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Martin Rosengaard



From Artists to Activists: The Birth of Unio

Back in 2002, in a time before MySpace was consumed by Facebook and the ensuing social media revolution, Martin and his co-founder Sixten Nielson started an online community for professional artists. The platform was intended to connect artists not only among themselves, but also with the outer world. Over the years, there was an organic growth in the community as they expanded their focus to connect artists with activists, scientists, and the wider community too, realizing the potential of artists to inspire change beyond the art world. As Martin puts it, “artists have a special ability sometimes to think in different ways, and it’s almost a waste if they’re only there to sell pretty pictures”.

Human Hotel: Connecting Climate Activists

Martin’s initiatives created a space where artists and climate activists started coming together, giving birth to the curated travel network of creatives and activitsts called Human Hotel. The community saw great success,  initially conceived for artists, Human Hotel soon became a platform for climate activists during major events like COP26 in Glasgow. It served as an alternative to Airbnb, matching activists with locals willing to support their cause. Their success was fueled by their focus on building strong communities rather than simply profiting from accommodation. In Martin’s perspective, “despite us having thousands of bookings, it was not a very good community success. Community is an antidote to money.” And naturally so, he explains. Community is a space where people show up and give what they can because they want to, not because there is a renumeration to do so. Martin mentions how some of the best community he has seen has been among groups of people with very little wealth.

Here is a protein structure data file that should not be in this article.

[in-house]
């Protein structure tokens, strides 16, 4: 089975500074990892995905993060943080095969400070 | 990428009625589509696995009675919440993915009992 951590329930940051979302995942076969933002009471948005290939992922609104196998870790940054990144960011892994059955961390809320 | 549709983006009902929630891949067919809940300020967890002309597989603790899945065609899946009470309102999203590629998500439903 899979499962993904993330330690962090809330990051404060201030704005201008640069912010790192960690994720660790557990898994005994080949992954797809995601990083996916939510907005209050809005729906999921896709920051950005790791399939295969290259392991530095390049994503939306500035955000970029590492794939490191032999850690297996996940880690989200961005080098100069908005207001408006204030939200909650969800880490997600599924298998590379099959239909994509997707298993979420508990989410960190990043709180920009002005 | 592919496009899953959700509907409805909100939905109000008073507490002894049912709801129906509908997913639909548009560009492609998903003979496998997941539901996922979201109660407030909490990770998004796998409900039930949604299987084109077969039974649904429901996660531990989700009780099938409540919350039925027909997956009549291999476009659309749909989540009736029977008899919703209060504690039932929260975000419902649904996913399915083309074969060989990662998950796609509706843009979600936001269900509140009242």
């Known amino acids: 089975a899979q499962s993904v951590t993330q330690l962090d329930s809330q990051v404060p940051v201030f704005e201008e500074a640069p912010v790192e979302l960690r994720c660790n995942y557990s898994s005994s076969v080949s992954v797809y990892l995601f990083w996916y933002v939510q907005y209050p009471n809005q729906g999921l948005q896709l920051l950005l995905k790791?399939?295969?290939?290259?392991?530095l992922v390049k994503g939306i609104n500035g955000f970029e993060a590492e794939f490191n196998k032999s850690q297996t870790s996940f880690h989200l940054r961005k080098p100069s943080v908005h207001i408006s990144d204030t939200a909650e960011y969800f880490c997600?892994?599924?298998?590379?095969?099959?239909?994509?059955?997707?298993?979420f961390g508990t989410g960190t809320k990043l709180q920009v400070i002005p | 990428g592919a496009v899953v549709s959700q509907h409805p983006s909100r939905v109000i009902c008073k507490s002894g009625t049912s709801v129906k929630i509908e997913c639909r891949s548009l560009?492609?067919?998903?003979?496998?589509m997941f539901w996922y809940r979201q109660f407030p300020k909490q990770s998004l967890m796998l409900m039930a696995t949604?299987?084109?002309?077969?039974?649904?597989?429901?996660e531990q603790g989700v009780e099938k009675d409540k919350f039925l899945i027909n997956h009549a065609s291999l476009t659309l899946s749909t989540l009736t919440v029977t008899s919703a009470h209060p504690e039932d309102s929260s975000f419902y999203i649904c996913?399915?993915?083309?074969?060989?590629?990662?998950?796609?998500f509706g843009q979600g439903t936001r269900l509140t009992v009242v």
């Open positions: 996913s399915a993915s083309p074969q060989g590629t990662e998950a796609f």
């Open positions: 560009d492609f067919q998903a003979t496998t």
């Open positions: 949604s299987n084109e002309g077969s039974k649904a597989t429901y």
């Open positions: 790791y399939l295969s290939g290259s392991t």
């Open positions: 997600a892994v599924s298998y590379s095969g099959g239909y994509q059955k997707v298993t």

Rethinking the Future of Work

With the onset of COVID-19, Martin recognized the changing landscape of the future of work: remote and over distance, easily leaving people feeling alone and disconnected. This poses a threat to employee retention, as Martin puts it “it feels like I’m playing a computer game called ‘work’ all day. That’s not a good feeling because you can just play another game and somebody pays you a little bit more.” Instead of accommodation, the project began to shift its focus towards facilitating connections among remote and hybrid teams. That’s where Unio was born.

Unio helps decentralize workplace culture, allowing employees to organize and participate in social events, even remotely, thus combating the loneliness epidemic exacerbated by remote work.

Unio’s success metrics extend beyond traditional KPIs. They focus on de-siloing within organizations, ensuring employees from different teams interact through events. Success also means getting people to spend more physical time together, fostering stronger loyalty to the company.

The Future of Work and Building Communities

Unio’s vision for the future involves reducing loneliness and increasing human connections in the workplace. They aim to demonstrate that community-building efforts are linked to tangible bottom-line results, although community-building involves a lot of intangible work. Martin, when asked to define what he would call a community, shares some really valuable insight:

“So for me, community is the effect that happens when you’ve been working on a project with a group of people. Once you leave, and if you don’t come back, if it still continues, that’s because community took over. And if it just flattens out when the money leaves, when the project organizer leaves, then community was not.”

Take a moment to listen to the conversation in full, to hear Martin’s insight on exactly how to go about creating and building a community with this level of depth and strength.

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